The selected image is a picture taken in 2014 by John Moore in a detention facility in McAllen, Texas. Moore has been able to capture many scenes inside of the United States detention centers, which haven’t been accessible to many. His pictures gives a rare insight at the interior look of most recent detention centers, which helps understands people’s treatment whiten them. The built environment of detention centers weren’t supposed to be prisons adjacent nor supposed to criminalized populations fleeing climate change or humanitarian crises, but despite their intent to be safe temporary transitional spaces, many would argue the contrary.
This particular picture was chosen, because of the clear overview of the built environment of this particular detention centers. Due to the influx of immigrants, most of Moore’s pictures are usually filled with people; but the lack of people in this photograph give a clear sight of the components that composes the space.
The perimeter load bearing CMU walls, provide an open space with little obstruction, which is ideal for sight. To keep consistent with the importance of sight, the separated space are made of chain-link fences which does not interrupt one’s vision and is ideal for supervision. Adding to the need of sight, a concave mirror is installed at the top of the fence, where a right angle corner is formed. Having a warehouse like open space, also allows for flexibility of reduction of expansion of spaces if needed. This allows them to accommodate more or less immigrants depending on the demand.
Assuming that the guard in the picture if six feet tall, the chain-link fences around the facility, seem to be at least twice as high which would discourage anyone from climbing them. The door that allows access to the different sections, is also equipped with a number pad, which indicates that not everyone can move freely from one space to another. Only those provided an access code can.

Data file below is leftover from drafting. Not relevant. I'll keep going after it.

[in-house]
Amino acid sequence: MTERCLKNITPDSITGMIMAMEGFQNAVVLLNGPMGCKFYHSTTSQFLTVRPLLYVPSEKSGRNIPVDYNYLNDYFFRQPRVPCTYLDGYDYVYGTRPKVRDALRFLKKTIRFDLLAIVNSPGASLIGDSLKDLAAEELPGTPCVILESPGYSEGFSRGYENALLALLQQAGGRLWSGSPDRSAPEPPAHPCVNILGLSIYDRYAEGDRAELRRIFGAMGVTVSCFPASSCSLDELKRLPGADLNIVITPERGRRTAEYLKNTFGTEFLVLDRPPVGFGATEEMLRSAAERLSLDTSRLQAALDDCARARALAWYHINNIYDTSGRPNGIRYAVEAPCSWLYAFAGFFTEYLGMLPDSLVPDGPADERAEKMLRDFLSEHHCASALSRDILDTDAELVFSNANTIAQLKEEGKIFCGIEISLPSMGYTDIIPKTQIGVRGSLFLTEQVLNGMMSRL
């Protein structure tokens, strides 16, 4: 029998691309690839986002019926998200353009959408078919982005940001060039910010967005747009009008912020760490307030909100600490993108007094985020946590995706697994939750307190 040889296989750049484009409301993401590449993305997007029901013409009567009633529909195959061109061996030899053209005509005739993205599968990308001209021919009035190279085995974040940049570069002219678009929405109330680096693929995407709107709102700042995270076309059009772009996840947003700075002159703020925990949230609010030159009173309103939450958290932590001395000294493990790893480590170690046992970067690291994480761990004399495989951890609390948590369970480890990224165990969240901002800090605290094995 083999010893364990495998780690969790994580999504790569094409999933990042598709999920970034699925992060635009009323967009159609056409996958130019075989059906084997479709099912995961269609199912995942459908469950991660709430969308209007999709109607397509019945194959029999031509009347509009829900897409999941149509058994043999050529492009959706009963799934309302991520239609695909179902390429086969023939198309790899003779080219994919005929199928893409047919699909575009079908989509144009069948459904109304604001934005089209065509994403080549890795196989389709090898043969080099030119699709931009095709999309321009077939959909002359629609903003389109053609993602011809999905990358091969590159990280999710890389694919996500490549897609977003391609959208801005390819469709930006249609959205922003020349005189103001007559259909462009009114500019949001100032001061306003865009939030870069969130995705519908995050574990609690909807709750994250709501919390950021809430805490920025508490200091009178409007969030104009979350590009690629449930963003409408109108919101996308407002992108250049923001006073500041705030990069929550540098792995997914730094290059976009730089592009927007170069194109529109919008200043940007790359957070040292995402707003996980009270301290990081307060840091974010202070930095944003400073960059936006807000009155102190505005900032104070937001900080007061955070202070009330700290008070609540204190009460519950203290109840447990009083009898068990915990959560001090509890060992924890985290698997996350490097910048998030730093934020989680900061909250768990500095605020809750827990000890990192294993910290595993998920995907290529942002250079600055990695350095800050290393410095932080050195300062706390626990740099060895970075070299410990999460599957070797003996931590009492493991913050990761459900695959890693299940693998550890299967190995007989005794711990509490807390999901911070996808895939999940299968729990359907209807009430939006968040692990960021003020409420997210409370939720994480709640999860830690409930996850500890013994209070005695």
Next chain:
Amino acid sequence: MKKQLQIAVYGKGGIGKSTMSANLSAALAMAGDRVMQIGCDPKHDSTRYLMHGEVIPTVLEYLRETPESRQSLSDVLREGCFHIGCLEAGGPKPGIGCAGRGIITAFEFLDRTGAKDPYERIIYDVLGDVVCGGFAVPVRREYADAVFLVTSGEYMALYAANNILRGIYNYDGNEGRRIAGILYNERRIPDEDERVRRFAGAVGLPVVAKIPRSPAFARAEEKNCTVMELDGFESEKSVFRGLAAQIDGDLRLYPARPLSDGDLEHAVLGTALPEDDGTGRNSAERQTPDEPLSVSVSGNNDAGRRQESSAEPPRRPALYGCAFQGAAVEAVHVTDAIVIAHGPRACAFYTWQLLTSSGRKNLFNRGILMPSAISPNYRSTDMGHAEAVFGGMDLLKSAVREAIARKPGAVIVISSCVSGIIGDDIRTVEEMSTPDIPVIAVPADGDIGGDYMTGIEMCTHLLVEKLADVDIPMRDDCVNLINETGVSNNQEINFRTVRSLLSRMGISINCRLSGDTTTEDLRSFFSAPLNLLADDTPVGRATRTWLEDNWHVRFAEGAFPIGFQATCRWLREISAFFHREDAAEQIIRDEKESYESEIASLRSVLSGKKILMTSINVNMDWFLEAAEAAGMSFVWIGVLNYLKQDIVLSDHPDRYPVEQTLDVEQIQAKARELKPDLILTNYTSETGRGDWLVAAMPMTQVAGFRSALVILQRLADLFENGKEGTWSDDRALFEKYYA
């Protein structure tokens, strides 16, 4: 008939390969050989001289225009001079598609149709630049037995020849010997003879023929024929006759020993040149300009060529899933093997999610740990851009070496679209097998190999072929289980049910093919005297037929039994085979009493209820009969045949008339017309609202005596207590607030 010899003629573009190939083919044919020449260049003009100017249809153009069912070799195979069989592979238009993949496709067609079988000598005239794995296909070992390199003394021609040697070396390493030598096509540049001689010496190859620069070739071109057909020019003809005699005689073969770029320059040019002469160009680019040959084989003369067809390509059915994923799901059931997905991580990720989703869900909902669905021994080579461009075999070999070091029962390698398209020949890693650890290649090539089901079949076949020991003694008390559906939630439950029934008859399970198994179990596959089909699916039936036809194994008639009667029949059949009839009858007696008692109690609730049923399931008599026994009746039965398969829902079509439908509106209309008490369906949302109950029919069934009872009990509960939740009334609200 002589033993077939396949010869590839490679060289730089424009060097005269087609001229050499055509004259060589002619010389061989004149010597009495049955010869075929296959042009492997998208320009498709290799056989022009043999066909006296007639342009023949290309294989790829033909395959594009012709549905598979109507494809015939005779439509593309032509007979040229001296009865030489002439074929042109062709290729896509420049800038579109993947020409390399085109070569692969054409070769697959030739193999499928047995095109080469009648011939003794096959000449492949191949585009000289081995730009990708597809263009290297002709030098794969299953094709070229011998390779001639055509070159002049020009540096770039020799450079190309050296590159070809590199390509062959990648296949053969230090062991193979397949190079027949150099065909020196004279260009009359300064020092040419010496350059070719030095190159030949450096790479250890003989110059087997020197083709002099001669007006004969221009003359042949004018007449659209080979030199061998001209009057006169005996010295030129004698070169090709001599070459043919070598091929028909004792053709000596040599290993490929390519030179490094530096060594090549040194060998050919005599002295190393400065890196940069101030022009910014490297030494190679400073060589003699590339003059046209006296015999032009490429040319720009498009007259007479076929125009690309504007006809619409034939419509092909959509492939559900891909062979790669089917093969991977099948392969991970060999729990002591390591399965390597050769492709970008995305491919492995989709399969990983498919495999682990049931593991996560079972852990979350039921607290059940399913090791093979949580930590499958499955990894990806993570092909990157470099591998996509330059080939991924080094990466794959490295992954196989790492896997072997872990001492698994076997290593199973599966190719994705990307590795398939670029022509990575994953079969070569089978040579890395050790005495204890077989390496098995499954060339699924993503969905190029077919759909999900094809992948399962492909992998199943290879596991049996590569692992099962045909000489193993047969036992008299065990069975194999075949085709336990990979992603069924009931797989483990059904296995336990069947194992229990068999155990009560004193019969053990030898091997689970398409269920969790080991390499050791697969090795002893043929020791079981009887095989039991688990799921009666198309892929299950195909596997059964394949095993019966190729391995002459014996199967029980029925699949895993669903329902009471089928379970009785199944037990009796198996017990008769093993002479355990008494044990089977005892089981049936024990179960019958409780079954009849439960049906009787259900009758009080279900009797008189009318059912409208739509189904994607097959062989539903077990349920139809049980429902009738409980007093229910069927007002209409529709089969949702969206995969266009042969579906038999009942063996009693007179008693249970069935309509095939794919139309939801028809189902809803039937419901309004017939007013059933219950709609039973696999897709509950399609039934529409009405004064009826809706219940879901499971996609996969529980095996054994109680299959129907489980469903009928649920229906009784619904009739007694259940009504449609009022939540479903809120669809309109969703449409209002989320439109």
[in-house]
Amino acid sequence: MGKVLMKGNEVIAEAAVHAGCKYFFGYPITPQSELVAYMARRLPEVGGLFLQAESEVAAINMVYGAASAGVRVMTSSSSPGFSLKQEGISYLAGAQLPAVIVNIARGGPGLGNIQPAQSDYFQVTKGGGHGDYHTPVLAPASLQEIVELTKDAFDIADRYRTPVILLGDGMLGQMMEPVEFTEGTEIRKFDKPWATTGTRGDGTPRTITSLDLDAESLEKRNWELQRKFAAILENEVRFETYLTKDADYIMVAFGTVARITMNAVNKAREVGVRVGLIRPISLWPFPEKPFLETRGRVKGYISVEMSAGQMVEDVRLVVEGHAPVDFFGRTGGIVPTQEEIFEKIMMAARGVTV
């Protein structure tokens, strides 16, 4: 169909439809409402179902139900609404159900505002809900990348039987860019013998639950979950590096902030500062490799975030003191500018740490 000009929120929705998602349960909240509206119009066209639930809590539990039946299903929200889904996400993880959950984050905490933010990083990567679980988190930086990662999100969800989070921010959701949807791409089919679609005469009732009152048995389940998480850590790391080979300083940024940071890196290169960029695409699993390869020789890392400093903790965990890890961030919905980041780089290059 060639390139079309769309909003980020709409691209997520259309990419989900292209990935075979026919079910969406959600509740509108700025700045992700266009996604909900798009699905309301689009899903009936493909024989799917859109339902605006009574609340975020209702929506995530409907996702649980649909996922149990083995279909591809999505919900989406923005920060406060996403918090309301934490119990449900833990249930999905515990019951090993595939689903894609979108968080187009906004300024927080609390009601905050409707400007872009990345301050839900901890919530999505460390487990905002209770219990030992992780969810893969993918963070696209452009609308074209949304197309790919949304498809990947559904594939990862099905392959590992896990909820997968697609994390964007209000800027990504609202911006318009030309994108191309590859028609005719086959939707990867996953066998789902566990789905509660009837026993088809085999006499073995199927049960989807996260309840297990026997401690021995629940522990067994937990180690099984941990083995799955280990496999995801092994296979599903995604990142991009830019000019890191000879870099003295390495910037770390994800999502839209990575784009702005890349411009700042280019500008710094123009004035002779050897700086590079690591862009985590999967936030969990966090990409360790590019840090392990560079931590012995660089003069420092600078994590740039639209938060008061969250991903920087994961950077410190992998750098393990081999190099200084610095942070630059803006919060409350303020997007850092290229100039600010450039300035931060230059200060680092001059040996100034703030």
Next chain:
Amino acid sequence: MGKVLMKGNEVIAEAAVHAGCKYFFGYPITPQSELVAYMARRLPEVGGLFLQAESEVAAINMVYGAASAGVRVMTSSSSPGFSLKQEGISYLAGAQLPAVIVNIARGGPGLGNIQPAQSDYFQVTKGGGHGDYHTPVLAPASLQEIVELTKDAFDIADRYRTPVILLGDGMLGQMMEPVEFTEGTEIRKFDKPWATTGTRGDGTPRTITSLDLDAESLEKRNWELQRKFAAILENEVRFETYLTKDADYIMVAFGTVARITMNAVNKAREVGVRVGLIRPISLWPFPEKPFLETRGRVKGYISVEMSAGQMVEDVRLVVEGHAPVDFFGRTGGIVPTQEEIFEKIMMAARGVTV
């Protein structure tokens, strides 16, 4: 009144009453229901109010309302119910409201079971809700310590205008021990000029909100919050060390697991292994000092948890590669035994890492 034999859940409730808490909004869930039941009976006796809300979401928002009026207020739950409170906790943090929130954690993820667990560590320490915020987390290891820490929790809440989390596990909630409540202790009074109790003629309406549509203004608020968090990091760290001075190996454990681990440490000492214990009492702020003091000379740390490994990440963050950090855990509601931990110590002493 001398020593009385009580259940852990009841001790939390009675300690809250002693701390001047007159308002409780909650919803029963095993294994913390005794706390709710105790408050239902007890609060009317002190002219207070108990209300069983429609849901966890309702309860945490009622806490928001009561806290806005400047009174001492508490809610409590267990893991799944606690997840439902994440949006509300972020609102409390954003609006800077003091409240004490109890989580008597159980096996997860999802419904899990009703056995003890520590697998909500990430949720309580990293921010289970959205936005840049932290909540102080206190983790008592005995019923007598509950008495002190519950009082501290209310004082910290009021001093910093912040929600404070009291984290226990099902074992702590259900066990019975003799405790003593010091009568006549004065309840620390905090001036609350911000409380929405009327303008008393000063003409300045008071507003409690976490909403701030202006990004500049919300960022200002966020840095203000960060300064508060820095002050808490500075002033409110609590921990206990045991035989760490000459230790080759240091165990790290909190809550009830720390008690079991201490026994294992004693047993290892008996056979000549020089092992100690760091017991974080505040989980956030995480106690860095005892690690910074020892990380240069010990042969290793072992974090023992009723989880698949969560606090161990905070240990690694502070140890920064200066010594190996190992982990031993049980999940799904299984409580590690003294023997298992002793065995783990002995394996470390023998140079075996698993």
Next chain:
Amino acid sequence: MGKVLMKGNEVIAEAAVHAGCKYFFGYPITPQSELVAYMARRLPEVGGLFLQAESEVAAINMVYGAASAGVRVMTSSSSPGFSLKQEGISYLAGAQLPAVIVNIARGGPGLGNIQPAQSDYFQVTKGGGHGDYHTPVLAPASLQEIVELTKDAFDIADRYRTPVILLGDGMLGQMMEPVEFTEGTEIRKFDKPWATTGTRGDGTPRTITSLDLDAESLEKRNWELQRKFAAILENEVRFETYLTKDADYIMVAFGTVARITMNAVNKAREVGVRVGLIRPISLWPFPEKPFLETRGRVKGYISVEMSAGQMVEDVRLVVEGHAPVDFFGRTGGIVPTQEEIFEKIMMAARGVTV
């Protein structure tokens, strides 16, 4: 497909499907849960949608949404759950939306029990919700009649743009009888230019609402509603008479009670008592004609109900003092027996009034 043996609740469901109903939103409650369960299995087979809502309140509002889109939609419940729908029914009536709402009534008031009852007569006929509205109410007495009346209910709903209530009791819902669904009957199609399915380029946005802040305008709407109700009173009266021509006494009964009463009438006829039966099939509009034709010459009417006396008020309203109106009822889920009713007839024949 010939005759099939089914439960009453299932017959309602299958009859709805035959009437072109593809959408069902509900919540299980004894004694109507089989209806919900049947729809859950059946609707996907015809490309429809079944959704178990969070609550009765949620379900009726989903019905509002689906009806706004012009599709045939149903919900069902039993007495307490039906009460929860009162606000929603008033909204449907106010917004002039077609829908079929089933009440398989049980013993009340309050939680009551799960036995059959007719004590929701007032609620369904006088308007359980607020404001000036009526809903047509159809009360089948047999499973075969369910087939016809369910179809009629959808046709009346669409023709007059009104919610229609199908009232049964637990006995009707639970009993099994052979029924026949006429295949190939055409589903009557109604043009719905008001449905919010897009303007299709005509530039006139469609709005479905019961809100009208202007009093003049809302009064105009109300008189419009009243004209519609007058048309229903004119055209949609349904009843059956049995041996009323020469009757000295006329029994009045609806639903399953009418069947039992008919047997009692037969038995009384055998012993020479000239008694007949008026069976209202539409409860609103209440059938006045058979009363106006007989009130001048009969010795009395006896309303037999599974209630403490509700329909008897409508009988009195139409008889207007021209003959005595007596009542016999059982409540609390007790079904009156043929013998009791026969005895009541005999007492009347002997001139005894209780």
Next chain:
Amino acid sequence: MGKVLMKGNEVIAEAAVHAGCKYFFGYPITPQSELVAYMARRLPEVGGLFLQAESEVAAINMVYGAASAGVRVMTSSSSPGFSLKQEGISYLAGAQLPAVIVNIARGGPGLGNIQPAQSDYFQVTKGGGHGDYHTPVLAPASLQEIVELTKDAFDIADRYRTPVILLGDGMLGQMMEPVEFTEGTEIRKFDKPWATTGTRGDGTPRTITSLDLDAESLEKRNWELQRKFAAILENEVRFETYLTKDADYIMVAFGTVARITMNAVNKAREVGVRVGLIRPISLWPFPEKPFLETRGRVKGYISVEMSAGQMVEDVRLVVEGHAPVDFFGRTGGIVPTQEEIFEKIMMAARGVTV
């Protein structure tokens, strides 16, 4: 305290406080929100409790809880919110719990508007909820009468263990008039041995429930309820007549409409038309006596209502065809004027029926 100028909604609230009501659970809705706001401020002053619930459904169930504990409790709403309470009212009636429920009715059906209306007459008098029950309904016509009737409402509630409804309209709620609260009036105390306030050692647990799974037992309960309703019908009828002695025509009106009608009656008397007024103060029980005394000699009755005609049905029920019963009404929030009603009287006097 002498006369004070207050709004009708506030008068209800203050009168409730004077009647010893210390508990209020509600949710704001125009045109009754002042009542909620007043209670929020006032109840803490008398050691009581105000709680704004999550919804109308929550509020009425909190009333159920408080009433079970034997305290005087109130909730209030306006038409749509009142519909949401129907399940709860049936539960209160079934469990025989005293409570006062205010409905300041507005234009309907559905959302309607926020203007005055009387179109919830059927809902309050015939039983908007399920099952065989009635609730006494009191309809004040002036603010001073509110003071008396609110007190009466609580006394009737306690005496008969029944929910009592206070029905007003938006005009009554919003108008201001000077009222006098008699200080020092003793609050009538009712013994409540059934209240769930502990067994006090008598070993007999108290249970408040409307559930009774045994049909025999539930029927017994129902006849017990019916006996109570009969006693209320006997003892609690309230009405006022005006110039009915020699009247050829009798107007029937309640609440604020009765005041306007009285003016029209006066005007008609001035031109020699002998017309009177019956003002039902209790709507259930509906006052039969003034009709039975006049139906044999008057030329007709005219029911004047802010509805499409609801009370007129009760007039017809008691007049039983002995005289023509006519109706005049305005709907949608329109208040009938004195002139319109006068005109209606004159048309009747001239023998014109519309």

There are no windows in the perimeter walls nor skylights, instead bright white lights are suspended from the ceiling. The idea of not having any fenestration, seems to be intentional, as not having sight of the outside can remove one’s sense of time and location.
All of the previously mentioned components of the picture, if not given the location and context, would easily be identified as a jail.
Another important aspect of the picture, the human aspect, helps understand what kind of people are found in these spaces, and how they are being used.
At the center of the picture, a young child is found looking up at a television screen, where casper the friendly ghost is being played. The television is mounted on a plywood board, which indicates that it was a last minute thought, as wood isn’t found anywhere else in the facility. The child is performing a “child like” activity but now in a child like place, as there are no place to seat and he his standing up to be entertained. Another striking element of this child is his feet; he isn’t wearing any shoes, which invoke two thing: that he can’t go too far and that the place that he is in, is more of a long term space for him to occupy, which is in contrast with the guard wearing an uniform and shoes, which is a temporary condition.
Other than the guard’s uniform, his posture and sight bring a lot of enigma to the picture. Although he is standing next to the child and his body is facing the camera, He isn’t looking at the photographer nor the child. Instead he seems preoccupied by something happening outside of the picture frame and has a grip around his belt, which could possibly be a gun.
This image by Moore shows the kind buildings and treatments that refugees experience when being in “detention” from fleeing climate and humanitarian crises that they had no partake in.